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Lighting and Bird Strikes

by John White |  | 1 comment

Aircraft Using Lighting To Avoid Bird StrikesResearchers are working to understand how to reduce airplane-bird collisions in an effort to improve safety and reduce the cost of damage to aircraft. The first thing that researchers have been doing is to find out how birds see things in an effort to understand why they collide with moving aircraft. A group of researchers have been trying to determine how birds see. As an example, Canadian geese can see further out on either side of their heads, but more importantly they can see ultraviolet light which is NOT visible to humans.
Aircraft bird-strike reports can save lives. New video shows how to report, collect and ship evidence:
Each year aircraft and birds collide causing significant damage to aircraft and resulting in expensive aircraft repairs. In the LiveScience article the authors note that a research wildlife biologist with the U.S. Department of Agriculture by the name of Bradley Blackwell has led a research time to learn how birds see their world. The team focused on Canadian geese who are the most responsible offenders for bird strikes to aircraft. Using what is known about the visual system of Canadian geese learned by flying small remote control aircraft over some Canadian geese they found the geese reacted quicker to pulsing lights and discovered that they can see ultraviolet light (which humans can not see). The researchers have recommended that ultraviolet/violet lights on aircraft to alarm geese and encourage them to get out of the way of the aircraft. If you have any experience with bird strikes to your aircraft we would love to hear from you. In the meantime keep your wings straight and level Hersch! Please share "Aircraft Lighting and Bird Strikes" with your friends using the buttons below. Thanks!           Until next time keep your wings straight and level Hersch! JetAviator7+ ps: Don't forget to sign up for our newsletter "All Things Aviation" here!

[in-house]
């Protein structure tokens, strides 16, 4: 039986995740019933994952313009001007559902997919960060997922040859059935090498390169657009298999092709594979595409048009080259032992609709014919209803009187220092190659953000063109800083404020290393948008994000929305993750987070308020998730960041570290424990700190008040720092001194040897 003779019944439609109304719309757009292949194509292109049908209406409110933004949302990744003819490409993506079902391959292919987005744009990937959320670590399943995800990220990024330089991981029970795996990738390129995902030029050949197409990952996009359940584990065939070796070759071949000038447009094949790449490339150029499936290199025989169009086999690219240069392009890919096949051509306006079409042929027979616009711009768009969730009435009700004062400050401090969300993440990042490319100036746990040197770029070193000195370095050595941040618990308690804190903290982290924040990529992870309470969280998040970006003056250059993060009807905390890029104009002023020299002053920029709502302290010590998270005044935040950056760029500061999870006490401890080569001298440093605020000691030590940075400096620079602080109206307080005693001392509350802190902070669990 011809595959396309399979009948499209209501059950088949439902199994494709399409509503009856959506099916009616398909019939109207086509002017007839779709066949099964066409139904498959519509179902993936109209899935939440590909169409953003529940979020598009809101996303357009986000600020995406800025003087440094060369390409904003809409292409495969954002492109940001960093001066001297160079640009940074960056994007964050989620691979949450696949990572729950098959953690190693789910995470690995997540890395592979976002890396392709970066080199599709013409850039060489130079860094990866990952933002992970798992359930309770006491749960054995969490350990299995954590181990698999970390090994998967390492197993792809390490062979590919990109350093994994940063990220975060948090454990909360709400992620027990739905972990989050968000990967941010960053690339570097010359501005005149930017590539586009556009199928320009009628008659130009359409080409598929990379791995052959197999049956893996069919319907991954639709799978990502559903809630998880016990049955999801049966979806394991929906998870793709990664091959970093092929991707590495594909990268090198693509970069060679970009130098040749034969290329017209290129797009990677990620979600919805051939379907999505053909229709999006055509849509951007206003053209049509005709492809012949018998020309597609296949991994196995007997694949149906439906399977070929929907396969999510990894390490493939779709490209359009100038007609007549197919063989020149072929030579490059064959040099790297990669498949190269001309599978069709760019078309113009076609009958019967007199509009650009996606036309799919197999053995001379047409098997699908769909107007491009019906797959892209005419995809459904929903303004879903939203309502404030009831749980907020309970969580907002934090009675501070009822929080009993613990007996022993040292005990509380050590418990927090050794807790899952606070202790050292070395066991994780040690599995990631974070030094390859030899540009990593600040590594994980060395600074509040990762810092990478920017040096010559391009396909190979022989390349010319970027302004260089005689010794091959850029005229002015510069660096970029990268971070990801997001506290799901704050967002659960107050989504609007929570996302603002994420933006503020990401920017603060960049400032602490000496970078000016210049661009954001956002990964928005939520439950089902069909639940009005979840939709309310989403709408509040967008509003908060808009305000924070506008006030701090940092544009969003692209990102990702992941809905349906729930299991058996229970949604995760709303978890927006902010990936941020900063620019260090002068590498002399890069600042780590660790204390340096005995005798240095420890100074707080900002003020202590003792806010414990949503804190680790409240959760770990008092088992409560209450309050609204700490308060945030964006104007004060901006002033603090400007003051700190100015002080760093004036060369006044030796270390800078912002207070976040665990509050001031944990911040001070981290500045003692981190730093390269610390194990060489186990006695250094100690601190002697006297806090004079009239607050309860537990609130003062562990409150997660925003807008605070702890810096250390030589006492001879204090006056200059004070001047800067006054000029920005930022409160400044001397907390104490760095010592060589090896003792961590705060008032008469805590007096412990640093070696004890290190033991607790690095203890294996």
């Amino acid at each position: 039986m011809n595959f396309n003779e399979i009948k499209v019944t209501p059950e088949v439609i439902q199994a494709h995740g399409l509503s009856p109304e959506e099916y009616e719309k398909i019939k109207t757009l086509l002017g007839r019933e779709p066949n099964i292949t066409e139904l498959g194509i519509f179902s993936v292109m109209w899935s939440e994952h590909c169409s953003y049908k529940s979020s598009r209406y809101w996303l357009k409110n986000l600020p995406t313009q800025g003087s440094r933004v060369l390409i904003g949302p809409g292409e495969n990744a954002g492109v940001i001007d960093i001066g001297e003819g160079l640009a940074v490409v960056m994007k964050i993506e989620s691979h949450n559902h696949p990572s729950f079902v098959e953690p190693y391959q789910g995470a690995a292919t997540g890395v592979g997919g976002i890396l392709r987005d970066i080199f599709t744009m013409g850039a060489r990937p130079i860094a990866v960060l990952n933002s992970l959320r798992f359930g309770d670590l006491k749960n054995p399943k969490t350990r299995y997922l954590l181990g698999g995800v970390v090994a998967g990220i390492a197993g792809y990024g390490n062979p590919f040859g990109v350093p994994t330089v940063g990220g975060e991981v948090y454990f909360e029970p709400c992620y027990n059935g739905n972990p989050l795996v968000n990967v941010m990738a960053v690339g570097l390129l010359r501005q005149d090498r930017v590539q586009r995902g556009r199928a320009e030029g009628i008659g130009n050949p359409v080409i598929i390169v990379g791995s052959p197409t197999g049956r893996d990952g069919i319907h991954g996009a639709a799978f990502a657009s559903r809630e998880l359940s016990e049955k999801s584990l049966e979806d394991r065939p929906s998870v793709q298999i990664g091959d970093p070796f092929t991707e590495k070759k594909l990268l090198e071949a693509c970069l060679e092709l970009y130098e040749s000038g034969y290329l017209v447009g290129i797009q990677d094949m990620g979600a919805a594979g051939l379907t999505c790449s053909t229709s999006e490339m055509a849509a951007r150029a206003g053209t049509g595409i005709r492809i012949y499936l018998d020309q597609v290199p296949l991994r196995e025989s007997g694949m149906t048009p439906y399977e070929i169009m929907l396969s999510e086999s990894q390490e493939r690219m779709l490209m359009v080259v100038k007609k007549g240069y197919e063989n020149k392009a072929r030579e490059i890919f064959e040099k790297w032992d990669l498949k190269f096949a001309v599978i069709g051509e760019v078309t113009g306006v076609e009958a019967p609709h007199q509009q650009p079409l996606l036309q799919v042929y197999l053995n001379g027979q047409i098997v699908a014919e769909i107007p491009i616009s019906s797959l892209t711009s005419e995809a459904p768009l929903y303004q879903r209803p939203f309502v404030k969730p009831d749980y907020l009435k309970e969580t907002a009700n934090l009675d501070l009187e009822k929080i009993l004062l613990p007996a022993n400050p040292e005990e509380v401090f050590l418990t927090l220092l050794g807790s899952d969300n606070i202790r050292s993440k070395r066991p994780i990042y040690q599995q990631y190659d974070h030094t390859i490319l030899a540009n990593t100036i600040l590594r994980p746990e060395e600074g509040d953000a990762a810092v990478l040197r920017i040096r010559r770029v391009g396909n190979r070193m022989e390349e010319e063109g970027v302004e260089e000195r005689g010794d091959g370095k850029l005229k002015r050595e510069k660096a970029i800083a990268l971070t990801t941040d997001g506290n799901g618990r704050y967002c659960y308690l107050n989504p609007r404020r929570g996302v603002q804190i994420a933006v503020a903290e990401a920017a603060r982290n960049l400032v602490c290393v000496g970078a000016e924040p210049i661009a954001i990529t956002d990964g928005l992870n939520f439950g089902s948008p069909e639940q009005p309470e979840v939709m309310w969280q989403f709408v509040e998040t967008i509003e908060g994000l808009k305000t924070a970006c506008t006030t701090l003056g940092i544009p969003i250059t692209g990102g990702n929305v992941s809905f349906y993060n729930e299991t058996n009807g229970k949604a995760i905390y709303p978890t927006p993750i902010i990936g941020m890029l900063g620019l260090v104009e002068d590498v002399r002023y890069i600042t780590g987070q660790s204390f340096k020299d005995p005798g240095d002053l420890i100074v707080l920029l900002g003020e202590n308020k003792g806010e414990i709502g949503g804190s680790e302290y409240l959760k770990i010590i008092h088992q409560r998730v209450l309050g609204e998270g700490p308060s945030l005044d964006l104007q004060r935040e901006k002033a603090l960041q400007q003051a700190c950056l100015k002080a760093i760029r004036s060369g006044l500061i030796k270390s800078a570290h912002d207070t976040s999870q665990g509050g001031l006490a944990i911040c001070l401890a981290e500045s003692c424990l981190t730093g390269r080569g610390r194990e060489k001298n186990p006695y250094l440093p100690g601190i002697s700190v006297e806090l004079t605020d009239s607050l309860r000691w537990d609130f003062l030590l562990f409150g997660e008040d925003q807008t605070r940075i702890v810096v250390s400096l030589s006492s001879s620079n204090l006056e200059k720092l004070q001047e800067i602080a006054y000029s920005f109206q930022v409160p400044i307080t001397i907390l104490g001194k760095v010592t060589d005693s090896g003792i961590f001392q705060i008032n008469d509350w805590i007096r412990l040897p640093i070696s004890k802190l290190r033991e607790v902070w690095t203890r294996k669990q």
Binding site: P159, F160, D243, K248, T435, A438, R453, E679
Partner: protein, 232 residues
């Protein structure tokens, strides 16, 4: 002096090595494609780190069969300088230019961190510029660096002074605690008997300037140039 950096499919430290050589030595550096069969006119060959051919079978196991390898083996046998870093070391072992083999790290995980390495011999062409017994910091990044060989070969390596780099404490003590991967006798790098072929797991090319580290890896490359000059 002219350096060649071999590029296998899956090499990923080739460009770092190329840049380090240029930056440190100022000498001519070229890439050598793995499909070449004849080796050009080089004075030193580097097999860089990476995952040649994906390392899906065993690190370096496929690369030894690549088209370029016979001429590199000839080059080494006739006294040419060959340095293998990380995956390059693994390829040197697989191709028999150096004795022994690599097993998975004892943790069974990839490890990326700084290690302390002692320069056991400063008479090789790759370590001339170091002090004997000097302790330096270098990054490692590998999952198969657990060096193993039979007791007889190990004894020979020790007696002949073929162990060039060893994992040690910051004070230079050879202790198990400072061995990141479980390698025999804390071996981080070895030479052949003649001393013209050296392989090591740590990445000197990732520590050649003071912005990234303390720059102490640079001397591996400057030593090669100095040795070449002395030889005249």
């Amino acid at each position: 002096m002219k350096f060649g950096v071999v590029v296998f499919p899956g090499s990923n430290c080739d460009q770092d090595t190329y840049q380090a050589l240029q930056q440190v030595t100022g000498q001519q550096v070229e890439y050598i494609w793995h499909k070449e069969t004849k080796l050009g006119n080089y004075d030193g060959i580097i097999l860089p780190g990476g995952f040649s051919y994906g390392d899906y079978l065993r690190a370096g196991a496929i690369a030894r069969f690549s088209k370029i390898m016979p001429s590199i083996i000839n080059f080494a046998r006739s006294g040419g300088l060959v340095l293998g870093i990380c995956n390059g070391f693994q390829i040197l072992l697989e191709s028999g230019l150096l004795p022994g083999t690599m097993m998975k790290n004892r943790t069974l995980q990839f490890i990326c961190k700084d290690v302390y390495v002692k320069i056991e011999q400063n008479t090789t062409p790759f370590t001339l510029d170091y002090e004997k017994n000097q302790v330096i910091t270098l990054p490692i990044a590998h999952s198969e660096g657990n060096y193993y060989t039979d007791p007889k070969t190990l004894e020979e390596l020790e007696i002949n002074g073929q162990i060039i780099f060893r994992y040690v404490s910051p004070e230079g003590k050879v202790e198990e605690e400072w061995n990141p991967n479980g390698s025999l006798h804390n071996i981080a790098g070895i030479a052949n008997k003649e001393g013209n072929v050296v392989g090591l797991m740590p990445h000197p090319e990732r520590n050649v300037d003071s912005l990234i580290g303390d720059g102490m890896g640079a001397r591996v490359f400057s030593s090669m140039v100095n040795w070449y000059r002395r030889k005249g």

Comments (1)

  • Matt Gregg on June 24, 2019

    I am a Pilot, and a Former Air Traffic Controller. Now a days, I run a commercial lighting company. A few weeks ago, I had a manufacturer from the netherlands come to my office declaring to have a lighting product that “birds don’t like” and they claim its for use at Airports, or places where birds are a pain. They sent me a sample of the light which is definately different. I am curious if it really works, but have no idea how to ever test the theory!

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